As with all our projects, we would be using 3D modeling software (Solidworks) to put our final design into both 3D and drawing forms. Not only does this put our design into a viewable format, but it also allows for digital tweaks as well as confirmation of fitment and precision with the overall product design.

Check out the rendering below showing our projected cold-side pipe design.

Mishimoto cold-side intercooler pipe 3D model
Mishimoto cold-side intercooler pipe 3D model

Ford made this one fairly easy for us. This pipe features a pretty smooth shape and routes from the intercooler to the throttle body. An aluminum counterpart is going to be a huge improvement over the stock rubber hose referenced in the last post. Each connection point will be secured with a Mishimoto silicone coupler and our T-bolt clamps for a solid connection. Note the bead roll on the end of our pipe for added holding strength for the coupler.

One additional feature you may notice is the bung on the top of the pipe. We are including this bung on the pipe for use with meth injection or as an additional pressure/temperature sensor. This bung is not predrilled, but it does provide the option for users who require it. Pretty slick!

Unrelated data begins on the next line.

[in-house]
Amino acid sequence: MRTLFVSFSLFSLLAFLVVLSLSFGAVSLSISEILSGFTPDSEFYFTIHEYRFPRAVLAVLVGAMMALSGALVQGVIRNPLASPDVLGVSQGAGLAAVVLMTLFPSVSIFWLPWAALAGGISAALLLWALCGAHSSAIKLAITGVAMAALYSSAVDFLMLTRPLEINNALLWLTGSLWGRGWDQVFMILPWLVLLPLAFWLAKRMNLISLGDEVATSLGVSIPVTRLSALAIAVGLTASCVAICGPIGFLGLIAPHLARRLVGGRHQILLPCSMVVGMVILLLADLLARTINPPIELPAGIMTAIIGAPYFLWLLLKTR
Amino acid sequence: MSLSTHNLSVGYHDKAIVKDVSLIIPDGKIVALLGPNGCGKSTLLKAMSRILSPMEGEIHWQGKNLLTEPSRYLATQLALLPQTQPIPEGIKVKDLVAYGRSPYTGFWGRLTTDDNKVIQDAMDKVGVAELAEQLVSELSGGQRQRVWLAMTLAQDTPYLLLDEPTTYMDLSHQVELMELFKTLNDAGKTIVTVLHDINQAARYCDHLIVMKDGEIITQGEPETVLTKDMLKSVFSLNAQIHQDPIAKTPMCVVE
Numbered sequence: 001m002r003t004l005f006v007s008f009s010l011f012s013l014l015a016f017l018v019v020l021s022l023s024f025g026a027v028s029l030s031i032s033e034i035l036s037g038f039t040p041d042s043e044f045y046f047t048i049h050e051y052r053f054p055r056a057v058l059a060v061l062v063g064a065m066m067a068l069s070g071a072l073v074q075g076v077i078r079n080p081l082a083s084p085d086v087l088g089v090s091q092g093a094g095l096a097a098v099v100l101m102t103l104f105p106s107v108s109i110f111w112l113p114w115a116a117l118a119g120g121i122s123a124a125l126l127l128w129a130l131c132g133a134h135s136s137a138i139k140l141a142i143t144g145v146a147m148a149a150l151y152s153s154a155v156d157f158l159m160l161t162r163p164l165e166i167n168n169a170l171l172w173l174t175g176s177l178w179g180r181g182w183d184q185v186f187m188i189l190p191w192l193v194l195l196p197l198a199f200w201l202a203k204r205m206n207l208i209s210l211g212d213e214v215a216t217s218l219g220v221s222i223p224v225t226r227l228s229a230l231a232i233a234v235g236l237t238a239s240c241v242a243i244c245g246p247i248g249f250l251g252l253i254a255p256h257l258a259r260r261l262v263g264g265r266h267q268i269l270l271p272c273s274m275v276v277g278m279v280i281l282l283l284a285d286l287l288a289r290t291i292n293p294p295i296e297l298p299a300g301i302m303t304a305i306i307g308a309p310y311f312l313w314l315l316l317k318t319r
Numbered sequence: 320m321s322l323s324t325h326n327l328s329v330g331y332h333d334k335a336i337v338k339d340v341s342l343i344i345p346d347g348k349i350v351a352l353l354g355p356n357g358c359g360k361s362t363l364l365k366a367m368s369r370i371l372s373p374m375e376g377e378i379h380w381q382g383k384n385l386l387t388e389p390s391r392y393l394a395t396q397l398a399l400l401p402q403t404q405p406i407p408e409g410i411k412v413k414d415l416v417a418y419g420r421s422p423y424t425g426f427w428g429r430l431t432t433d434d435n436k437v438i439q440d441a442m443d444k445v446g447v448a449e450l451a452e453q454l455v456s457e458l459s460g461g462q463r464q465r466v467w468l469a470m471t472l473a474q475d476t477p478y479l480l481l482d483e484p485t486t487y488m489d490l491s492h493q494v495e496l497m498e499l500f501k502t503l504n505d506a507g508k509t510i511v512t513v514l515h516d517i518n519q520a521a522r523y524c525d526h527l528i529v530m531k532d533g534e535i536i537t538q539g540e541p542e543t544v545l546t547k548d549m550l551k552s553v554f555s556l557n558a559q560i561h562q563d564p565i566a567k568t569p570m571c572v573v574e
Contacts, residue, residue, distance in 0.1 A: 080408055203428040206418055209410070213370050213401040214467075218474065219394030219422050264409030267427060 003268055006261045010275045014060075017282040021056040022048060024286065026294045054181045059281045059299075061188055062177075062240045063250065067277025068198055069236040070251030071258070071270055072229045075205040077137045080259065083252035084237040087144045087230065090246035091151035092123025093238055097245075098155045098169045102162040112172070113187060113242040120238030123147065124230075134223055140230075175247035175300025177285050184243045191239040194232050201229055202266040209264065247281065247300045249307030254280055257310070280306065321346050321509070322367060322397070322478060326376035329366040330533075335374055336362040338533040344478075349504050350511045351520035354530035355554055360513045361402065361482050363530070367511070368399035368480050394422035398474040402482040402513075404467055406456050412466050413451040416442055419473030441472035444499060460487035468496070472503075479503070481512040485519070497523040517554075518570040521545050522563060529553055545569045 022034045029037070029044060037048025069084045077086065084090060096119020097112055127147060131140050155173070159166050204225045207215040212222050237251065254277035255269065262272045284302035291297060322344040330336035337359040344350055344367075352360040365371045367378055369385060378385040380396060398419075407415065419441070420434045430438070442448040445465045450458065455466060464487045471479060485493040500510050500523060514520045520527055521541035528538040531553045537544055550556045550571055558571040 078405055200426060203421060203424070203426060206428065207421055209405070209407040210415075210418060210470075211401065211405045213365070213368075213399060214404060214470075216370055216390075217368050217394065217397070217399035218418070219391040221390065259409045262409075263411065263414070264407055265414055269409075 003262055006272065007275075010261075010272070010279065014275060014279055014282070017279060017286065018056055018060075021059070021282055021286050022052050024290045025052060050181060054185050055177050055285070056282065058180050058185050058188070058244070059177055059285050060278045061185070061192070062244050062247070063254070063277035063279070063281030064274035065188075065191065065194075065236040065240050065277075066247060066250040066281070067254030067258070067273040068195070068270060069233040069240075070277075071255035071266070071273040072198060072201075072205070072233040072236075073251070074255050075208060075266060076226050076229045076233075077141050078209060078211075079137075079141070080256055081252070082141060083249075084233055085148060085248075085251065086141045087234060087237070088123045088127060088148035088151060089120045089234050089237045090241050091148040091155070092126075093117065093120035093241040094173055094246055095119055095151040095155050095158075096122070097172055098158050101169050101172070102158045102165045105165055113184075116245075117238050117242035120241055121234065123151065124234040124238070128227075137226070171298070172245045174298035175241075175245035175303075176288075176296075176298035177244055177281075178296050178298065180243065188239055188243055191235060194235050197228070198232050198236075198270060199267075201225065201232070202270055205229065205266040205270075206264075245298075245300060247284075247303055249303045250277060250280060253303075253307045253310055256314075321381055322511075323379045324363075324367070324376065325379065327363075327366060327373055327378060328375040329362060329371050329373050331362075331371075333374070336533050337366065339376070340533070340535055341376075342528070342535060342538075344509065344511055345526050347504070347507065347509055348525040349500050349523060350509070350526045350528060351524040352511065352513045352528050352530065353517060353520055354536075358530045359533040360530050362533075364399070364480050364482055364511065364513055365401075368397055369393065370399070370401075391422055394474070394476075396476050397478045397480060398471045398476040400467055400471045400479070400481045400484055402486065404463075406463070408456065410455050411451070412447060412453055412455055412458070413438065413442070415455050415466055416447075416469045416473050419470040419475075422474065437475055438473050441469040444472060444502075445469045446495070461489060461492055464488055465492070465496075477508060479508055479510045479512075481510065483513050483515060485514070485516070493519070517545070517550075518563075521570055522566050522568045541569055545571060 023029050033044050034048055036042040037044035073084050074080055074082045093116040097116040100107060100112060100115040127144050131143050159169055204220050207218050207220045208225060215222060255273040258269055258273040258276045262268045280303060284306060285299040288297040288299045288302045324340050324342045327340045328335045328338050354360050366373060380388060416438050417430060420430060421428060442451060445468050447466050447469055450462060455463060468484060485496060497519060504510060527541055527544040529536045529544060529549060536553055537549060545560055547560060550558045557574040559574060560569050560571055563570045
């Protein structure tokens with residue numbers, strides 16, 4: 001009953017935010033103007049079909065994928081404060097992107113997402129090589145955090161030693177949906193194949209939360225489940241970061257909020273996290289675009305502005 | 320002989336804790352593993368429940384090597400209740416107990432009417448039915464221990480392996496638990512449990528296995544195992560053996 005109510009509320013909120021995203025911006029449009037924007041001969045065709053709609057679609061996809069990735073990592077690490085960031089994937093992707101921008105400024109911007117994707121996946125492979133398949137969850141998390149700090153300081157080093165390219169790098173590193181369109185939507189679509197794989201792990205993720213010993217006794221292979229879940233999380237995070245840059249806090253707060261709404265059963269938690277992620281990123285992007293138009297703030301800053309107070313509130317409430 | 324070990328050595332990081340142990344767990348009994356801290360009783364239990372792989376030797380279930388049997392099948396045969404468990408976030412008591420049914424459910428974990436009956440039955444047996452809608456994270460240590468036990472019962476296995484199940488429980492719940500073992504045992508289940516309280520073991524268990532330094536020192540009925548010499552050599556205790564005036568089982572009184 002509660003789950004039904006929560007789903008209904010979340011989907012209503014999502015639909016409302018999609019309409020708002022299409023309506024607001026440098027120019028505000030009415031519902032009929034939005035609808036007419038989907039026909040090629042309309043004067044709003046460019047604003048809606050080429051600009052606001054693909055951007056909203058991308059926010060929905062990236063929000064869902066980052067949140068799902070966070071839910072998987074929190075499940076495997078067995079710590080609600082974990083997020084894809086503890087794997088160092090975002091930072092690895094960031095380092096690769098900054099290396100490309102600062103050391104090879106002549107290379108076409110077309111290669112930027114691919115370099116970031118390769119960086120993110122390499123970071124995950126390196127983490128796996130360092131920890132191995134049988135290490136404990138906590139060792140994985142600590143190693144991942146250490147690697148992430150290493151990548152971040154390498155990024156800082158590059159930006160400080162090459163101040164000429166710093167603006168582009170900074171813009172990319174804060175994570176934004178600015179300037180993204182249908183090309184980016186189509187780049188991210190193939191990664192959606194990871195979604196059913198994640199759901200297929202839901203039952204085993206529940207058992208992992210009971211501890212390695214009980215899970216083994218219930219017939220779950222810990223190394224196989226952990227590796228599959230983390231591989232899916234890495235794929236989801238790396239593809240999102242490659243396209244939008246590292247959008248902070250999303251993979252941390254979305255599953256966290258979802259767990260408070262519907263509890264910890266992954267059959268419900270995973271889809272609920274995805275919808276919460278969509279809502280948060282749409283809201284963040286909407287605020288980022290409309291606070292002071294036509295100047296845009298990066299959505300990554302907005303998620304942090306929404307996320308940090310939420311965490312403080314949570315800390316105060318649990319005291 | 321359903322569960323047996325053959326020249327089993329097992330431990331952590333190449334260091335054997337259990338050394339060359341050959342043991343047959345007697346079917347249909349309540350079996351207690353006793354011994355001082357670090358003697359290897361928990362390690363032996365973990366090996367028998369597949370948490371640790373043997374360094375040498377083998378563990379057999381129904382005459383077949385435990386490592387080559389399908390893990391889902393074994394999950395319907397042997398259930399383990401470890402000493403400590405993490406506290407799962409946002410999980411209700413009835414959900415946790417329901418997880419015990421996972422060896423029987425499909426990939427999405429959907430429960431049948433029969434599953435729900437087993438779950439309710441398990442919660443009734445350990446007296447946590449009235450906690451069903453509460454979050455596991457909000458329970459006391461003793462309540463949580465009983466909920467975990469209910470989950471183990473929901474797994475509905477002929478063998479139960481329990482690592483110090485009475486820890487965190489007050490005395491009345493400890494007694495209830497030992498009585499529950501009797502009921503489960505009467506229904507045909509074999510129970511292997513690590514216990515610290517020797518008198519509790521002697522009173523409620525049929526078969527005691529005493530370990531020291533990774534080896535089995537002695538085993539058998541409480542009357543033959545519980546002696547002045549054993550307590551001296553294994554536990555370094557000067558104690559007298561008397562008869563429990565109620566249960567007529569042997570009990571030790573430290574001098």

On to our hot-side pipe model.

Mishimoto hot-side intercooler pipe 3D model
Mishimoto hot-side intercooler pipe 3D model

The hot-side pipe presented a bit more of a challenge in terms of emulating the stock pipe. The shape was rather simple to replicate, but that pesky BPV flange was quite a challenge. We wanted our pipe to be completely compatible with the stock BPV unit so we would have a bolt-on upgrade. To do this we collected dimensional information on the stock piece so we could design this component in 3D.

We then utilized our 3D printer to print the flange we designed so we could confirm fitment with the stock BPV unit. Check out the prototype!

3D-printed BPV flange prototype
3D-printed BPV flange prototype
3D-printed BPV flange prototype
3D-printed BPV flange prototype
3D-printed BPV flange prototype
3D-printed BPV flange prototype

Once printed, we fit this unit to the stock BPV to ensure proper fitment. With all dimensions confirmed, we were ready to construct a set of final prototype pipes to give this kit the thumbs up for mass production.

Coming Up!

Check back next week for a look at our final pipes and information regarding our discounted presale for this awesome kit!

Thanks

-John

An inside look at the engineering of Mishimoto products.